Due to recommendations by others, along with my own desire to get back into a regular yoga practice, I have decided to start posting about yoga more frequently.
I may eventually start a weekly post one day of the week, but I’m not going to commit to that as of yet.
At BlogHer ’11, I participated in a yoga session offered by Filtrete. I really enjoyed it, but with my yoga teacher training background, there were a few things that bugged me about the session. I’m only going to talk about the one I thought was the biggest issue, though.
He never mentioned a modification for any pose. Not once. Let me tell you why that bugged me.
Yoga is, first and foremost, about honoring your body. Modification when one cannot correctly achieve a pose (as in without using the wrong muscles so you don’t hurt yourself) is considered a sign of strength and observed by other yogis as an advanced thing to do. Yoga is not a competition and in a class everyone should only be looking at themselves.
At my peak, there were several poses I had mastered, but there were probably just as many I had to modify. I was doing at least five hours of yoga a week on top of about six hours of teacher training which involved some yoga practice time as well. When it came down to it, I was just better at the poses that required strength and balance and struggled with the ones that required flexibility. There are yogis who have been practicing for a decade or more who still can’t fully achieve some fairly “basic” poses.
Moreover, there are a few poses that should ALWAYS be avoided if a woman is pregnant such as poses that require deep twisting. Two examples off of the top of my head are the revolved crescent lunge and seated spinal twist. The other poses that should be avoided are anything involving abdominal work, such as crunches and boat pose, or lying on one’s back or stomach after the first trimester.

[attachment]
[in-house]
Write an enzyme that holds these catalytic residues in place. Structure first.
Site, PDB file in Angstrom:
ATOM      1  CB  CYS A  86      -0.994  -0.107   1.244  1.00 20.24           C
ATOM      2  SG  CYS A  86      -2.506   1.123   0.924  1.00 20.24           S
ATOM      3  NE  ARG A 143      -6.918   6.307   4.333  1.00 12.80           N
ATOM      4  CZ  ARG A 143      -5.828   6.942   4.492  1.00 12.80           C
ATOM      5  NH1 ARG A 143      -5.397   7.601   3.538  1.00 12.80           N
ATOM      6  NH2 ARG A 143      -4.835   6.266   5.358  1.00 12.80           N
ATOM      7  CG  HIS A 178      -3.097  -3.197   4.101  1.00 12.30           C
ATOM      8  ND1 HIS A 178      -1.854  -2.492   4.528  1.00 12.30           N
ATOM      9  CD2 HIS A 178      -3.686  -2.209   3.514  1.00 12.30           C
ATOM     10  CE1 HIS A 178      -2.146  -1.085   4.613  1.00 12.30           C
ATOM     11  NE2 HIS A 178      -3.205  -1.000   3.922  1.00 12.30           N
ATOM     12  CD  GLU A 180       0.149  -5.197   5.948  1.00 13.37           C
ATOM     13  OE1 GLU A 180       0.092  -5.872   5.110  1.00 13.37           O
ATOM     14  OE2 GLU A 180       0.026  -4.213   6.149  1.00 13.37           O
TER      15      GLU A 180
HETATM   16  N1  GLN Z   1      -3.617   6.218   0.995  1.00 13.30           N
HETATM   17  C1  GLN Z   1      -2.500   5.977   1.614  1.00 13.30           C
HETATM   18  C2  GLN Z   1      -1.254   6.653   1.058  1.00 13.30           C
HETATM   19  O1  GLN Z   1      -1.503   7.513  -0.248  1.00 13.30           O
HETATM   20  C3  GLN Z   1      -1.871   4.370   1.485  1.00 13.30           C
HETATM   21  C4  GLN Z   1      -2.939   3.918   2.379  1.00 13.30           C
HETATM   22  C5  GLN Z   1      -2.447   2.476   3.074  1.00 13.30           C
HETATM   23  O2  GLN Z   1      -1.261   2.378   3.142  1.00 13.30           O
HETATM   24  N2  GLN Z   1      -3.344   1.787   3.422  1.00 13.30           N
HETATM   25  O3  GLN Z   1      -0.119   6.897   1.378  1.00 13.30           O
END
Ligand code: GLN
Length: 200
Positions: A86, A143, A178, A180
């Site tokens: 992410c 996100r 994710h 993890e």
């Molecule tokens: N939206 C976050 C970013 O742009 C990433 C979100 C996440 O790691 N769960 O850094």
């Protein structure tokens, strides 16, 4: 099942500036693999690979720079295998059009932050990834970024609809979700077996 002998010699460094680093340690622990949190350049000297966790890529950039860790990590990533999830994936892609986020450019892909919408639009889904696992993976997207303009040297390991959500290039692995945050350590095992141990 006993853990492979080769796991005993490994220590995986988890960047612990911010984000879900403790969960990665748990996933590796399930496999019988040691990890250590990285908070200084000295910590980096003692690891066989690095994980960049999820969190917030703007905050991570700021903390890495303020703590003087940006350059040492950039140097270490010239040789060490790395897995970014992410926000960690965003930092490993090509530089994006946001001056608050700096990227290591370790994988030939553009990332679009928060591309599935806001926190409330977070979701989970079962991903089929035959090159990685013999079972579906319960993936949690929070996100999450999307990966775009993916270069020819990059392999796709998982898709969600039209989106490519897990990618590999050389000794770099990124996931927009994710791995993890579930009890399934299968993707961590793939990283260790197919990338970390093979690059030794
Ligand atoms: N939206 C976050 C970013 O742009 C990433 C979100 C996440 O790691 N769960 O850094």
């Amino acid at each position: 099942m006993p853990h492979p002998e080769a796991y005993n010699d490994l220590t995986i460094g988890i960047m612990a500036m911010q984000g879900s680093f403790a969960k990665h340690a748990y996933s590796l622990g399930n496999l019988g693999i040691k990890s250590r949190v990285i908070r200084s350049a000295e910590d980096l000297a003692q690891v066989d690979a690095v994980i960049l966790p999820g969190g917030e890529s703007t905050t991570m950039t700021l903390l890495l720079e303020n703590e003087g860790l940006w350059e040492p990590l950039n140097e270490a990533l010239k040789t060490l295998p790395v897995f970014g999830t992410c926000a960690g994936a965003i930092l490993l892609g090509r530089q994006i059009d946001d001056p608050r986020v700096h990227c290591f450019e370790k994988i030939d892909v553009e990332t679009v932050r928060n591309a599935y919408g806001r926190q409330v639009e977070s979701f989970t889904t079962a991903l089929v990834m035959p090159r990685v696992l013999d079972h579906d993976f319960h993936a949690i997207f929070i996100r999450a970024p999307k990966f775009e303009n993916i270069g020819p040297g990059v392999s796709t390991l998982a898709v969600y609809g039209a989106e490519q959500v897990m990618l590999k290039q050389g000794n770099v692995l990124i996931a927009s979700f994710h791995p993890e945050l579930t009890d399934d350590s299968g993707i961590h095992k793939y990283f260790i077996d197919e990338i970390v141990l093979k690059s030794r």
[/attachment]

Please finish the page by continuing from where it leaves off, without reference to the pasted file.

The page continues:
If you are interested in learning more, I found this more comprehensive article.
That being said, the Filtrete yoga session was fun and left me feeling refreshed and energized for the day. This post was not a complaint, but more an effort to inform in case you plan on taking a yoga class. You should always talk to your instructor before taking any fitness class to let them know if you are pregnant.
As for yoga, whether pregnant or not, if you’re new, you really should stick to the beginner classes for at least your first experience, so you learn the modifications for different poses. I’m not preaching, but speaking from experience as someone who didn’t do that and learned the hard way after many unnecessary tension headaches and sore Trapezius muscles.